The string of numbers and letters imprinted on the sidewall of your tires are rich with information — if you know how to read them. Every tire is marked with its size, load rating, what speeds it can handle, and even the date of manufacture to learn how fresh the rubber is.

But let’s start with the most important numbers — the ones you want to have in hand if you have a puncture and you need to call a dealer about getting a replacement. They might read something like 225/65R17. Let’s break that down:

    • 225 is the section width, in millimeters.
    • 65 is tire’s aspect ratio, representing the height of the tire sidewall indicated as a percentage of the tread width. The 65 in the 226/65R17 example means the sidewall’s height is equal to 65 percent of the tire’s width.
    • R indicates the tire’s construction type. In this case, it’s an “R” for “radial” construction – which is what you would typically find. You may also see “RF” which indicates a self-supporting “run flat” tire. A specialty tire might carry an X, B, a dash, or D — indicating “diagonal” or bias-ply construction.
    • 17 is the diameter of the wheel in inches.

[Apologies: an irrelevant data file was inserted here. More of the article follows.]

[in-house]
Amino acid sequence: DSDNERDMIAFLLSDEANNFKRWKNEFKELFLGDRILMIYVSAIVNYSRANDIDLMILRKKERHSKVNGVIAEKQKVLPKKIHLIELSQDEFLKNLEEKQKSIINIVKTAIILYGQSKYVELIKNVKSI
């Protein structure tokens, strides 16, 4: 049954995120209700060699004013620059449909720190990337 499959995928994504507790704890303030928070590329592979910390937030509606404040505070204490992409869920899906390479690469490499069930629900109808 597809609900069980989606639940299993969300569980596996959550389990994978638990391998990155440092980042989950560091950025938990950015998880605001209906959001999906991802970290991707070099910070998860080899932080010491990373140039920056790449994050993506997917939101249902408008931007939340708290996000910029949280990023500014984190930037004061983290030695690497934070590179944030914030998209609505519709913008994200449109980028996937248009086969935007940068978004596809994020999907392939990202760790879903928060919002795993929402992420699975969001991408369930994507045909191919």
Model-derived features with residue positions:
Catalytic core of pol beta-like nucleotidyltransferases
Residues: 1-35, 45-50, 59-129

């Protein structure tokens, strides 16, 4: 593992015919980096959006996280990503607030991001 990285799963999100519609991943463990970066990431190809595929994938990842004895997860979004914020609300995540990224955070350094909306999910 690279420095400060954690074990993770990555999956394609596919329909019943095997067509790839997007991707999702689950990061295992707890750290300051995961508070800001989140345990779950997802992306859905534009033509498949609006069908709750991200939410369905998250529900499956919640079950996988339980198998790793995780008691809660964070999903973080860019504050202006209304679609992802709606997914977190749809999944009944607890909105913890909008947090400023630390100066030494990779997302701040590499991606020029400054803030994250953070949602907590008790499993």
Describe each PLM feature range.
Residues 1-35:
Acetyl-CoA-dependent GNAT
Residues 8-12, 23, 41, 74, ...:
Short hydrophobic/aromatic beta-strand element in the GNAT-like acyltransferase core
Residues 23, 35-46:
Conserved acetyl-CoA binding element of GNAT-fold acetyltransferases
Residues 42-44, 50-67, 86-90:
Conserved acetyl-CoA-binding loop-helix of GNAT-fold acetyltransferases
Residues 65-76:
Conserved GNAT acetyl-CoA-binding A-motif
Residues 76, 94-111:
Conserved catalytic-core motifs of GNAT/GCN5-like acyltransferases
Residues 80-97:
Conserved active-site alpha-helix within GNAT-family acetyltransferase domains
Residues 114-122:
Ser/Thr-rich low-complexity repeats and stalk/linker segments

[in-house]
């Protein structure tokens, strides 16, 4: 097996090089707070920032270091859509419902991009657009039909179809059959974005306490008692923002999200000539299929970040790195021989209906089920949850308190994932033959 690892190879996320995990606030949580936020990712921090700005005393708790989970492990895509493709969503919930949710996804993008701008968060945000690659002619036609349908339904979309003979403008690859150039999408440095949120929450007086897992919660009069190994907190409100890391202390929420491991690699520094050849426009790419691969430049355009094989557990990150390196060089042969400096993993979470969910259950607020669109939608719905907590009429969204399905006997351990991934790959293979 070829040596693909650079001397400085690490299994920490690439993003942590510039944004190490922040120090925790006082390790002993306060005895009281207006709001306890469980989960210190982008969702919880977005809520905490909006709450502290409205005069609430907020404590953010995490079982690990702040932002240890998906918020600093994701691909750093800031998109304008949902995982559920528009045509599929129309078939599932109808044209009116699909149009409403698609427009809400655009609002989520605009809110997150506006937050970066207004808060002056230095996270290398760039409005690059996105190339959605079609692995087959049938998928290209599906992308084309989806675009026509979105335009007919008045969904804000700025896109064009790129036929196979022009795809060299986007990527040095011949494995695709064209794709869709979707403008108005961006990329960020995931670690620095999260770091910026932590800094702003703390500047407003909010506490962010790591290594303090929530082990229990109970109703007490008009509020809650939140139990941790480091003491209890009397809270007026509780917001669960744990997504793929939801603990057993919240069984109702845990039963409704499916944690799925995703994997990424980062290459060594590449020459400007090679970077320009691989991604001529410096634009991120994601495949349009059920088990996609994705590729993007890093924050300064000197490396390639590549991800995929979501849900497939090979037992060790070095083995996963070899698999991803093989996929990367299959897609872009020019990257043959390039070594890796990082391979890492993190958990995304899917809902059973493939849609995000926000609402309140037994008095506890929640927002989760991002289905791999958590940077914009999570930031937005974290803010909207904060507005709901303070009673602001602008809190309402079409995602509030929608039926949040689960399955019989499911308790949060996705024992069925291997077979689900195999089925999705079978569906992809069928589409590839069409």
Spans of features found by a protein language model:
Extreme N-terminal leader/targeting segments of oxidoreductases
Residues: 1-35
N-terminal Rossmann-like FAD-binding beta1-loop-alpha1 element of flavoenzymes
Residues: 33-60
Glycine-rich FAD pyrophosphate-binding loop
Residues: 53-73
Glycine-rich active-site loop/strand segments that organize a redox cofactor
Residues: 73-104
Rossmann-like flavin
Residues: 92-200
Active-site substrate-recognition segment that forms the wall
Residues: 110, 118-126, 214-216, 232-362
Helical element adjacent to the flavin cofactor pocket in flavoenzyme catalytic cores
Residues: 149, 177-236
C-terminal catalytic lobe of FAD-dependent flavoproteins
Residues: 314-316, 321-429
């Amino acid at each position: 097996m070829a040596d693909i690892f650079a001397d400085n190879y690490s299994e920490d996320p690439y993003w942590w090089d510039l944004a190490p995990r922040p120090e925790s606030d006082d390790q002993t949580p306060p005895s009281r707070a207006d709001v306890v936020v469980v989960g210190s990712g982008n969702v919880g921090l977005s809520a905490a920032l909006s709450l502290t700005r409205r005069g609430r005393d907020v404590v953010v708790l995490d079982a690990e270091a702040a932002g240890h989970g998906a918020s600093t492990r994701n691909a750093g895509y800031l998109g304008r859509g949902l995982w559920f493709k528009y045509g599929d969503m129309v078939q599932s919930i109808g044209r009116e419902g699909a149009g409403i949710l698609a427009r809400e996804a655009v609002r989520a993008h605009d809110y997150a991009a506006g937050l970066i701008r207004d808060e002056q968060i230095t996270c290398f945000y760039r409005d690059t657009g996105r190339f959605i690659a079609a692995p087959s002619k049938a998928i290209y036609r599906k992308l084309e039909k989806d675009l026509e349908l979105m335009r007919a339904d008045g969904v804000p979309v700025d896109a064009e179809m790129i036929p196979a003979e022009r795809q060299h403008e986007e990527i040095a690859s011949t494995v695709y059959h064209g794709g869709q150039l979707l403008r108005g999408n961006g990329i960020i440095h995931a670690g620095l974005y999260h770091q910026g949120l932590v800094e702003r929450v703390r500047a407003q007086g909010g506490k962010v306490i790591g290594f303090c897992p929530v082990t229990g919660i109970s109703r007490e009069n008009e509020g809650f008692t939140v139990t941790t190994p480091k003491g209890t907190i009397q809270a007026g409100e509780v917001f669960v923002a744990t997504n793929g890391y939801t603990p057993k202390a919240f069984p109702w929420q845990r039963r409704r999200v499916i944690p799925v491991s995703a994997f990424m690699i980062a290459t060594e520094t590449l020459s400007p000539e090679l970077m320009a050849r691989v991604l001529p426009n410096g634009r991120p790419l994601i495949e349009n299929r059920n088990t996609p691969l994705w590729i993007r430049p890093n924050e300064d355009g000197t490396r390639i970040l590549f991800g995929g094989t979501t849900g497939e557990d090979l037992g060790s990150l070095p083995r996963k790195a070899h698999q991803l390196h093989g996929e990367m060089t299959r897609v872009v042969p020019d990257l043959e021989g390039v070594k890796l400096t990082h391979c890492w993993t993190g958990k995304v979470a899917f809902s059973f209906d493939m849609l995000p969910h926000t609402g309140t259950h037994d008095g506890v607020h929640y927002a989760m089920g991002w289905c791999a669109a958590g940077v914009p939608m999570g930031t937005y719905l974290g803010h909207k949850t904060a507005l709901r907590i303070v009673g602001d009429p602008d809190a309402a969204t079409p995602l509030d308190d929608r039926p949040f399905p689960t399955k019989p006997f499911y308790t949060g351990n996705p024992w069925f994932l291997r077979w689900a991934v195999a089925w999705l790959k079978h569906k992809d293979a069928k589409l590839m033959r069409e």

Sometimes that string of numbers has a letter or two in front of it – often you’ll see “P” which indicates a tire designed for passenger vehicle use. You’ll also see “HL” indicating a higher load carrying capacity, a “T” for a temporary spare tire, or “LT” for light truck.

Winter tires are designated with an icon showing a three-peaked mountain with a snowflake in the centre of it, while tires with some light winter capacity tires show an “M+S” which stands for “mud and snow.”

Other numbers on your tire are the Uniform Treadwear Quality Grading, which indicates a tire industry standard performance rating for treadwear, traction, and temperature.

And finally, the DOT code consists of the manufacturer’s plant code, the tire size, brand, and the date of manufacture. The numbers that might interest you in the string of characters after “DOT” is the last four digits, which represent the production week and year. If the code is, “DOT: FDAP LJO 2320” then the tire was produced in the 23rd week of 2020.

For more than you ever thought you wanted to know about tire markings, there’s a comprehensive guide further breaking down the codes here: (